Central to MM production is consistent quality and quantity. The nutritional profile of fly larvae can fluctuate depending on the species, the phenological stage (larvae, prepupae or pupae), and the feeding substrate (Aniebo and Owen, 2010).
Consequently, strict traceability and consistency in the production process are needed. Studies show consistent dry matter content ranging between 91-95% for MM. However, crude protein (CP) content is more variable: 47.6% DM, and 63-64% DM, have been appraised for housefly pupae MMs produced from larvae fed on cattle blood mixed with wheat bran and chicken manure respectively (Calvert, 1979; Aniebo et al., 2009; Hwangbo et al., 2009), whereas BSF dried prepupae show a CP content ranging from 38-44% DM (Newton et al., 1977; Bondari and Sheppard, 1981; St-Hilaire et al., 2007).
When compared to FM, MM has lower but acceptable protein content, however amino-acid profiles are similar. MM amino-acid profiles are well balanced and this supports the use of MM, as opposed to other potential substitutes such as plants as a FM alternative without the need to supplement amino-acids. Theoretically this characteristic should enable good protein retention and growth of fish (St-Hilaire et al., 2007; Kroeckel et al., 2012). The fatty acid profile of fly larvae is easily manipulated as it is highly related to the larvae feeding substrate.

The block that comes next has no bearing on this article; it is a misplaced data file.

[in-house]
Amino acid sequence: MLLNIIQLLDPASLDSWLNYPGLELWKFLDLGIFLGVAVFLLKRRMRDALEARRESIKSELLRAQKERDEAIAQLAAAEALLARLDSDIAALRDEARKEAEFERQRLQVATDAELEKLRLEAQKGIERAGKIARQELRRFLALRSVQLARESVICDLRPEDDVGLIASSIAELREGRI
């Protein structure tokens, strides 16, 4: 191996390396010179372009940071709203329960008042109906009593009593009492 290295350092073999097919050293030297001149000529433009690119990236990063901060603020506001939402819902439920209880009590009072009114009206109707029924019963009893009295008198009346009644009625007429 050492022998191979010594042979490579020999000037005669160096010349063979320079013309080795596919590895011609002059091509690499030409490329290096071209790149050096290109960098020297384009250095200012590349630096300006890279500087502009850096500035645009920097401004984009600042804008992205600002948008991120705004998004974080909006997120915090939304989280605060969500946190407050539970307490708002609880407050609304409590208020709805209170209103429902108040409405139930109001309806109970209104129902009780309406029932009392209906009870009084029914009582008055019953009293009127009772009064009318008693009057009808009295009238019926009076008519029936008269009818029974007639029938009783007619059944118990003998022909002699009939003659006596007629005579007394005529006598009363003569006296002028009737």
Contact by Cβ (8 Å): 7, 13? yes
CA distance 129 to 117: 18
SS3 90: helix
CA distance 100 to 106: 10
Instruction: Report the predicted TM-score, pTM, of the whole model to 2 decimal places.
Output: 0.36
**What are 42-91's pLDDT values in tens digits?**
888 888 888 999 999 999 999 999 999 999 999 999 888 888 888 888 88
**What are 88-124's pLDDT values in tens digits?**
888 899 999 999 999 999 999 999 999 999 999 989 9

Feeding larvae with fish wastes could improve their lipid profile (which is similar to FM lipid profile) by complementing it with poly-unsaturated fatty acids (PUFA) ( St-Hilaire et al., 2007; Sealey et al., 2011). Thus MM would be preferable to other animal protein sources (Wang et al., 2013). Until problems of quality are better understood, and amino acid and fatty acid profiles optimized, replacing FM at a lower level is expected to be most effective. In the case presented here, nursery and grow-out operations are carried out in cages-in-a-lake where formulated feed is essential since natural productivity is low.
Consequently, considering its nutritional profile compared to FM and other potential FM substitutes, MM is a valuable substitute that could contribute to balanced formulated diets required for an intensive tilapia production system.